In order to study differences in mortality and causes of death between HIV positive and HIV negative intravenous drug users (IVDU), 1009 (180 HIV positive and 829 HIV negative) IVDU in Oslo, Norway, were followed from their first HIV test for a mean period of 36 months (range 1-67 months). Eighty-seven (55 HIV negatives and 32 HIV positives) died during the follow-up period. The risk of death for IVDU was 31 times higher than for the general population. The estimated probability of survival after 3 years of follow-up was 0.92 for the whole cohort, 0.93 for the HIV negative group and 0.87 for the HIV positive group (P 30 years of age and > 5 years of IV drug use prior to study entry were all significantly associated with a fatal outcome. Eleven per cent (n = 20) of the HIV positives and 4% (n = 38) of the HIV negatives died from drug overdose, which accounted for 68% of all deaths; 2.2% of the HIV positives and 0.4% (n = 4) of the total cohort died from AIDS. Drug overdose represented the major threat to life among IVDU in this study. Because of the dynamics of the HIV epidemic, AIDS may have an increasing impact on mortality. However, in order to forecast the number of AIDS cases among IVDU the high non-AIDS mortality must be controlled for.
PubMed ID
8505190 View in PubMed
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Does homosexual activity shorten life?

https://arctichealth.org/en/permalink/ahliterature7621
Source
Psychol Rep. 1998 Dec;83(3 Pt 1):847-66
Publication Type
Article
Date
Dec-1998
Author
P. Cameron
K. Cameron
W L Playfair
Author Affiliation
Family Research Institute, Colorado Springs, CO 80962, USA.
Source
Psychol Rep. 1998 Dec;83(3 Pt 1):847-66
Date
Dec-1998
Language
English
Publication Type
Article
Keywords
Acquired Immunodeficiency Syndrome - mortality
Adult
Aged
Cause of Death
Comparative Study
Cross-Cultural Comparison
District of Columbia - epidemiology
Homosexuality, Male - statistics & numerical data
Humans
Longevity
Male
Middle Aged
Substance Abuse, Intravenous - mortality
Abstract
Previous estimates from obituaries and pre-1994 sex surveys suggested that the median age of death for homosexuals is less than 50 yr. Four contemporary databases were used to test that estimate: (1) obituaries in the homosexual press from 1993 through 1997 reflected treatment success for those with AIDS but suggested a median age of death less than 50 years; (2) two large random sexuality surveys in 1994--one in the USA and the other in Britain--yielded results consistent with a median age of death for homosexuals of less than 50 years; (3) the median age of those ever married in Denmark, Sweden, and Norway was about 50 years, while that of the ever homosexually partnered was about 40 yr; further, the married were about 5 times more apt to be old and 4 times less apt to be widowed young; and (4) intravenous drug abusers and homosexuals taking HIV tests in Colorado had almost identical age distributions. The four lines of evidence were consistent with previous findings suggesting that homosexual activity may be associated with a lifespan shortened by 20 to 30 years.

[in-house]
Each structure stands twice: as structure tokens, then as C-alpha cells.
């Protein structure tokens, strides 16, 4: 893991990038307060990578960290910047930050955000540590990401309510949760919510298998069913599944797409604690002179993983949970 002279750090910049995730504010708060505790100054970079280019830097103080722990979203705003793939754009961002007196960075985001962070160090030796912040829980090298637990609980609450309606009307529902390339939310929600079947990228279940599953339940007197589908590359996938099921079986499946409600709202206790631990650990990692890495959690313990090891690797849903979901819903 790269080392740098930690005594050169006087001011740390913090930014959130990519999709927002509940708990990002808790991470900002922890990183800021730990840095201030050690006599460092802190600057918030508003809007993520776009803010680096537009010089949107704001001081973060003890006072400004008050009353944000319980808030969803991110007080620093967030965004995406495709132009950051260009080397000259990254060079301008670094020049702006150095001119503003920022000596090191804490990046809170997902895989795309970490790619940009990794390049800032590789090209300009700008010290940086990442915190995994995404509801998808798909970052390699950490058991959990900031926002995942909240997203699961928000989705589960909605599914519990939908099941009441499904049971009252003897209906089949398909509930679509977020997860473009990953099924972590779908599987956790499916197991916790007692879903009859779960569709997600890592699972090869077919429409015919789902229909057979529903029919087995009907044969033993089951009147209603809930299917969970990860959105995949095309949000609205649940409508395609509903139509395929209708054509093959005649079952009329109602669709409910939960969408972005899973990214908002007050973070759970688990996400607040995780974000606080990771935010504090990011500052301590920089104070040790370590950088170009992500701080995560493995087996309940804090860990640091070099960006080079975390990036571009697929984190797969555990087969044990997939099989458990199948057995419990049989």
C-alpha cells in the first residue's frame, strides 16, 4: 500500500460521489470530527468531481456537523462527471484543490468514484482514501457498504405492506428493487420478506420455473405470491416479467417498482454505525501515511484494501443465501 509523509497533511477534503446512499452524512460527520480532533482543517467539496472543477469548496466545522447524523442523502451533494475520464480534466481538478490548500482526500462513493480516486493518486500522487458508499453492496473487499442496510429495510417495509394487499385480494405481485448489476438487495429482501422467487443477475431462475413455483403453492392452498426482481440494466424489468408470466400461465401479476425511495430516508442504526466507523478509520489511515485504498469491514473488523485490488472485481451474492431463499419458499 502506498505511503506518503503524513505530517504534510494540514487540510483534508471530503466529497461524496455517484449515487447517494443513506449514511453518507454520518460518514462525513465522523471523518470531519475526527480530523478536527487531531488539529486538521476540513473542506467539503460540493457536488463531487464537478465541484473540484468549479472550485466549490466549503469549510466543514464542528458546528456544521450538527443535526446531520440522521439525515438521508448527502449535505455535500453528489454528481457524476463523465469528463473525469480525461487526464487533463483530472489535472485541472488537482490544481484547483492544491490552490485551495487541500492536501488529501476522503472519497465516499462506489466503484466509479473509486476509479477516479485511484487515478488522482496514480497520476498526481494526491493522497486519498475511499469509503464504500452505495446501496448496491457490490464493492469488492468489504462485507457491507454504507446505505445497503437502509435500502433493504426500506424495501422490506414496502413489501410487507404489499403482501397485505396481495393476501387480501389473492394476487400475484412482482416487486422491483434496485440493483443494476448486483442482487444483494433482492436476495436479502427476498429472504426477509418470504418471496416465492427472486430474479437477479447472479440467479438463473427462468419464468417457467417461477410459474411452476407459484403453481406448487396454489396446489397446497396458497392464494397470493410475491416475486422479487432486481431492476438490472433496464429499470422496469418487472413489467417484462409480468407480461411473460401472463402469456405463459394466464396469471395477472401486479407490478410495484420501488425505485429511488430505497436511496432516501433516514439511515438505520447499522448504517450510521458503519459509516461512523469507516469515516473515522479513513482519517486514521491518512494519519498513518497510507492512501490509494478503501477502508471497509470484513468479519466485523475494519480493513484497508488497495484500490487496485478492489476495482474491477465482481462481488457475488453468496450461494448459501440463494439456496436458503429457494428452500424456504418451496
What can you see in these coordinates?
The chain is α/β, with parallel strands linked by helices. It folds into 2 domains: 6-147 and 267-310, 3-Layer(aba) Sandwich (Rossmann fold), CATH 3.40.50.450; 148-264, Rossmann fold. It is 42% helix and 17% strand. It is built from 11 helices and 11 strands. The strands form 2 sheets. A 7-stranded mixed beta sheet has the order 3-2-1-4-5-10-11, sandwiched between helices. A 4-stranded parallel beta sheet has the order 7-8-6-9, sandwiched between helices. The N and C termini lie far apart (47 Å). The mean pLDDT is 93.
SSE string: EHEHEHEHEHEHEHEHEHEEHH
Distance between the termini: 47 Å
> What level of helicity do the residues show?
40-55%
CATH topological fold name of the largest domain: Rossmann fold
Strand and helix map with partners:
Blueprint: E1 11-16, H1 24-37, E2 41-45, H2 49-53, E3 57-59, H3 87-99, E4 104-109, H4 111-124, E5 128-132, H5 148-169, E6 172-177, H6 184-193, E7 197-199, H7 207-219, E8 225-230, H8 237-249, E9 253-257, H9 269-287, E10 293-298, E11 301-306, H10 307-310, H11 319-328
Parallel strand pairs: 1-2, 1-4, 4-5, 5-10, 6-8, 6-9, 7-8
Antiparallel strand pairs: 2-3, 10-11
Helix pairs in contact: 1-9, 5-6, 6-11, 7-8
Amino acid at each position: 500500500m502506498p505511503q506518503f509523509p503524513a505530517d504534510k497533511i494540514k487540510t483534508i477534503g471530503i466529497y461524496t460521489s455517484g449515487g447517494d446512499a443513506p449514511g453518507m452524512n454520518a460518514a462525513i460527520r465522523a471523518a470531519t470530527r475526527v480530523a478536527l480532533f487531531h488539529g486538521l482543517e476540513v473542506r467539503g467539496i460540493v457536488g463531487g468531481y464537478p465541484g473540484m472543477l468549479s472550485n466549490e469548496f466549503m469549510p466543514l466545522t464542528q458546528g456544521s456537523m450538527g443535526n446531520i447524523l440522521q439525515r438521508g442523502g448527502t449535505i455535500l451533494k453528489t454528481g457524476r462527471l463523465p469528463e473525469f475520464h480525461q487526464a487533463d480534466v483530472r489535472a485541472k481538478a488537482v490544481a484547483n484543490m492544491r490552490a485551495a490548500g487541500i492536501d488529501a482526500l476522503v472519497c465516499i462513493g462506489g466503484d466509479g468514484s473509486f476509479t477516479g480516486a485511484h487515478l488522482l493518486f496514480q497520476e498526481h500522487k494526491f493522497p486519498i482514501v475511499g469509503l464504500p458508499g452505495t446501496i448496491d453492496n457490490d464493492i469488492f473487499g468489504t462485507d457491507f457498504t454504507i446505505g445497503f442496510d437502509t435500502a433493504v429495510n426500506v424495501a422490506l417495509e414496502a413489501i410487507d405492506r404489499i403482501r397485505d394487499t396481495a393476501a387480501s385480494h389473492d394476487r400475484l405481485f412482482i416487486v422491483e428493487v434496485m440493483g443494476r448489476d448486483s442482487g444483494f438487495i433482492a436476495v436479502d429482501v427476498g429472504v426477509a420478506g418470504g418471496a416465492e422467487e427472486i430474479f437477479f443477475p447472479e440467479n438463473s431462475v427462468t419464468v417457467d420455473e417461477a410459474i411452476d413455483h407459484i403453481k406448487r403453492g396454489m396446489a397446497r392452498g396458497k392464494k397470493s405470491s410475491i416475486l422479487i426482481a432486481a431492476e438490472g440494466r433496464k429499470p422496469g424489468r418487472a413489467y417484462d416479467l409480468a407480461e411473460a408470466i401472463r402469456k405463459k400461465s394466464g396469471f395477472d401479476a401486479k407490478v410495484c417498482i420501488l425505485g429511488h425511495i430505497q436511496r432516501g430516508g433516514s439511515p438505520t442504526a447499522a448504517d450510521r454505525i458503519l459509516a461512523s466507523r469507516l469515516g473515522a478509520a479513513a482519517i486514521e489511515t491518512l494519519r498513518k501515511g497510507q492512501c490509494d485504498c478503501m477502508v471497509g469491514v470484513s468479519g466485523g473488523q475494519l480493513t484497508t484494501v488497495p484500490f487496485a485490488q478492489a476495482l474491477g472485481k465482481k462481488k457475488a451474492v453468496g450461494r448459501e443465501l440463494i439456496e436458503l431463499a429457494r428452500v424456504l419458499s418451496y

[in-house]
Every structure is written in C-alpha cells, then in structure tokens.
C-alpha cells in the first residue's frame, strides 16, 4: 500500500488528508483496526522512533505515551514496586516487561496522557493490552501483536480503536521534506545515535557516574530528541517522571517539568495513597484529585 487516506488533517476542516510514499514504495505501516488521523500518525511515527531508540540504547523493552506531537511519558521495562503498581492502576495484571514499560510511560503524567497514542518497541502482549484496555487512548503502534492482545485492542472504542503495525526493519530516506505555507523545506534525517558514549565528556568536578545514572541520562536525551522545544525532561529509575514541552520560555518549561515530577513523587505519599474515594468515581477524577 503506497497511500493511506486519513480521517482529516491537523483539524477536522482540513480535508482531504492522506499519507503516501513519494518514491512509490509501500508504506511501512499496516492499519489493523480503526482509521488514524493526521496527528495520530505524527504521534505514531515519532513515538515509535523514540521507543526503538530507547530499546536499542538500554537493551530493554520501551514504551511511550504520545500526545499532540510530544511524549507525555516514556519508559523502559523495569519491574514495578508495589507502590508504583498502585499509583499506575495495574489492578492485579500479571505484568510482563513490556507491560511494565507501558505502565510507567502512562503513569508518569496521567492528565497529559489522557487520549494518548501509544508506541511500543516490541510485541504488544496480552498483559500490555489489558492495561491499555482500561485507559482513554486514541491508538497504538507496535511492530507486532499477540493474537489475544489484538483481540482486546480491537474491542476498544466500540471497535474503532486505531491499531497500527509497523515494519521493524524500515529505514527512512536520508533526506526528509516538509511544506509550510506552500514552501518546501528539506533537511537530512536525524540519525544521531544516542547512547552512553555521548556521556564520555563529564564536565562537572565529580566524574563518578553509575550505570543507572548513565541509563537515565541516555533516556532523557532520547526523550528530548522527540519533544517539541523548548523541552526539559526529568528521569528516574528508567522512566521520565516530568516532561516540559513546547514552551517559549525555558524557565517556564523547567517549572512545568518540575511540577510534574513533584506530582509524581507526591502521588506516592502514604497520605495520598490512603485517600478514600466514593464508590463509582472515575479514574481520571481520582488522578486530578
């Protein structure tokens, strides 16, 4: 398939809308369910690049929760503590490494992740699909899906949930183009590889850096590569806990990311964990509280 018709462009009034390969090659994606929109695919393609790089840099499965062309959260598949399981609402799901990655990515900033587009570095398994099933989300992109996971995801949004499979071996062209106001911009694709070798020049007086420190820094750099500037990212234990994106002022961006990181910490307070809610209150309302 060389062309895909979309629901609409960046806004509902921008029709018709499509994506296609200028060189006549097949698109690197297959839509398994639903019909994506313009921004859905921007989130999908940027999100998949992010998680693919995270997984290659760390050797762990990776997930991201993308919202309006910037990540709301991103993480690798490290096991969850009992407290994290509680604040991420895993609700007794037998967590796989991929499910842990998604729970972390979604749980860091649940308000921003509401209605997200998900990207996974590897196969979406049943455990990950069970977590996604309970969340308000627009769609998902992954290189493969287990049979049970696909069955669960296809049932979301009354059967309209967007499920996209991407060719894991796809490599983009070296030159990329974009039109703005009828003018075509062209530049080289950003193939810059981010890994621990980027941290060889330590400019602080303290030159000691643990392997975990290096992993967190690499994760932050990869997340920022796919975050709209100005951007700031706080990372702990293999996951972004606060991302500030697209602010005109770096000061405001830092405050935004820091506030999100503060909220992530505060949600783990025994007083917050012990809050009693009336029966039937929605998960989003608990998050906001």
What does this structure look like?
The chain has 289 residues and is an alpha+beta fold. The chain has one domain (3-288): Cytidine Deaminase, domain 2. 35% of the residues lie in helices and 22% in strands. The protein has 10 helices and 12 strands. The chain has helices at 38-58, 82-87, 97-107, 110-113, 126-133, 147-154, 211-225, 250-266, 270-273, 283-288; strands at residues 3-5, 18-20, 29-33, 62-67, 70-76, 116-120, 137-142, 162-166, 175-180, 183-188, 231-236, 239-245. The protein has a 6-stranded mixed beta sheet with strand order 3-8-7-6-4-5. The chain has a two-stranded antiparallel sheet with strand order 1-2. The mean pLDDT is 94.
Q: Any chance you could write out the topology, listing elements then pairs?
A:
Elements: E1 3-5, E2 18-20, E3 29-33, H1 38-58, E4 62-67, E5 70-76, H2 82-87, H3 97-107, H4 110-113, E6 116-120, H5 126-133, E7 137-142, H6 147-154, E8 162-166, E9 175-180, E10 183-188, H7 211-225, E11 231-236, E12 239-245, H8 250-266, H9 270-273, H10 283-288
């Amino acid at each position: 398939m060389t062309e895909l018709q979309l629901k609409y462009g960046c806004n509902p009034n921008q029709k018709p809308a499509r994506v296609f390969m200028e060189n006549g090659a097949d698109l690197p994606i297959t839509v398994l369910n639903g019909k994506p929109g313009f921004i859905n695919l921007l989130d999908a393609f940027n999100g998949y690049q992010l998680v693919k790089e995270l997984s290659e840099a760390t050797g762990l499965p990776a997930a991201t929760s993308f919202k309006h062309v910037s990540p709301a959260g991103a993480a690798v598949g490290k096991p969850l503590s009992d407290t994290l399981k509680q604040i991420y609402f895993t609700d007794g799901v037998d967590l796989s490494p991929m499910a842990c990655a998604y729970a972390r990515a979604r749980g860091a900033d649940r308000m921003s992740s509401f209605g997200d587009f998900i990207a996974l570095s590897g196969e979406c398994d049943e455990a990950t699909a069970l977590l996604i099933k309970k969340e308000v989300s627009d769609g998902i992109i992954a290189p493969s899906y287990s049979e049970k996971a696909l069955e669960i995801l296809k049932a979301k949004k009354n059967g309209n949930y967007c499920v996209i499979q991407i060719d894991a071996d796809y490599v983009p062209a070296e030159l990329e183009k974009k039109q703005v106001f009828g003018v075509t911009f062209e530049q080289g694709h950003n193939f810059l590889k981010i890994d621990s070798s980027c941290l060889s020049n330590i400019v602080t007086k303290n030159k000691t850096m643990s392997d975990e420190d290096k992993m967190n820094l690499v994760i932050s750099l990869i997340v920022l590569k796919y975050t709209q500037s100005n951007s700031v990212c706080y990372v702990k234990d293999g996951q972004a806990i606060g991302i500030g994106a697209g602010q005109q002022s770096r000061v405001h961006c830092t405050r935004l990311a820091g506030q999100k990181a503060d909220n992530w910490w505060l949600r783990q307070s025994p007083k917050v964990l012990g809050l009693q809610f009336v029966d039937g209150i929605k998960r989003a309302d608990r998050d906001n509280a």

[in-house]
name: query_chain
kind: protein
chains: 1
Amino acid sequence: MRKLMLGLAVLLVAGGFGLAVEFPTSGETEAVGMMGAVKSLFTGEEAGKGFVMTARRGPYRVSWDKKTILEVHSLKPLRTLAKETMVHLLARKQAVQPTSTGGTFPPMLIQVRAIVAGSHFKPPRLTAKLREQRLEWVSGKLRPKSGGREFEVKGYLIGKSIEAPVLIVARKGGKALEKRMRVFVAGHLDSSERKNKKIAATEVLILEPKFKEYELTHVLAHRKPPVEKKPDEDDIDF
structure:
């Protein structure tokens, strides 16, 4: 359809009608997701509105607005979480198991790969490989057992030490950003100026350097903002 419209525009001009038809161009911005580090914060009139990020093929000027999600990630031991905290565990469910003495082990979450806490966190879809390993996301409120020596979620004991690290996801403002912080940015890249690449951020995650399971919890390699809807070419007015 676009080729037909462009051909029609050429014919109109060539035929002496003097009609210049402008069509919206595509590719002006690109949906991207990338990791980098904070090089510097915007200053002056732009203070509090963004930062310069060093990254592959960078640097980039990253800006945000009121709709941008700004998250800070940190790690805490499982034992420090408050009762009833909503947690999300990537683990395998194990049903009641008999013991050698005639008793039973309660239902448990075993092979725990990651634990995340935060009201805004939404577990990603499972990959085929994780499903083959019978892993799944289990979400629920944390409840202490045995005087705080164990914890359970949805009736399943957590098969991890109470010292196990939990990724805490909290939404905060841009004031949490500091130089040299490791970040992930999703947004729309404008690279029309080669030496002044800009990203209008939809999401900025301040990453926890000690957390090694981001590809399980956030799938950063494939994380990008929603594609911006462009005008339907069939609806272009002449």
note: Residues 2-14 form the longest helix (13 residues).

PubMed ID
9923159 View in PubMed
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Source
Ugeskr Laeger. 1993 Jul 19;155(29):2239-40
Publication Type
Article
Date
Jul-19-1993
Author
P P Ege
Source
Ugeskr Laeger. 1993 Jul 19;155(29):2239-40
Date
Jul-19-1993
Language
Danish
Publication Type
Article
Keywords
Adult
Denmark - epidemiology
Humans
Opioid-Related Disorders - mortality
Substance Abuse Detection
Substance Abuse, Intravenous - mortality
Substance-Related Disorders - mortality
Notes
Comment In: Ugeskr Laeger. 1994 Feb 21;156(8):1154-58116098
PubMed ID
8328089 View in PubMed
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[Fatal poisonings among drug addicts in Denmark in 2002]

https://arctichealth.org/en/permalink/ahliterature9209
Source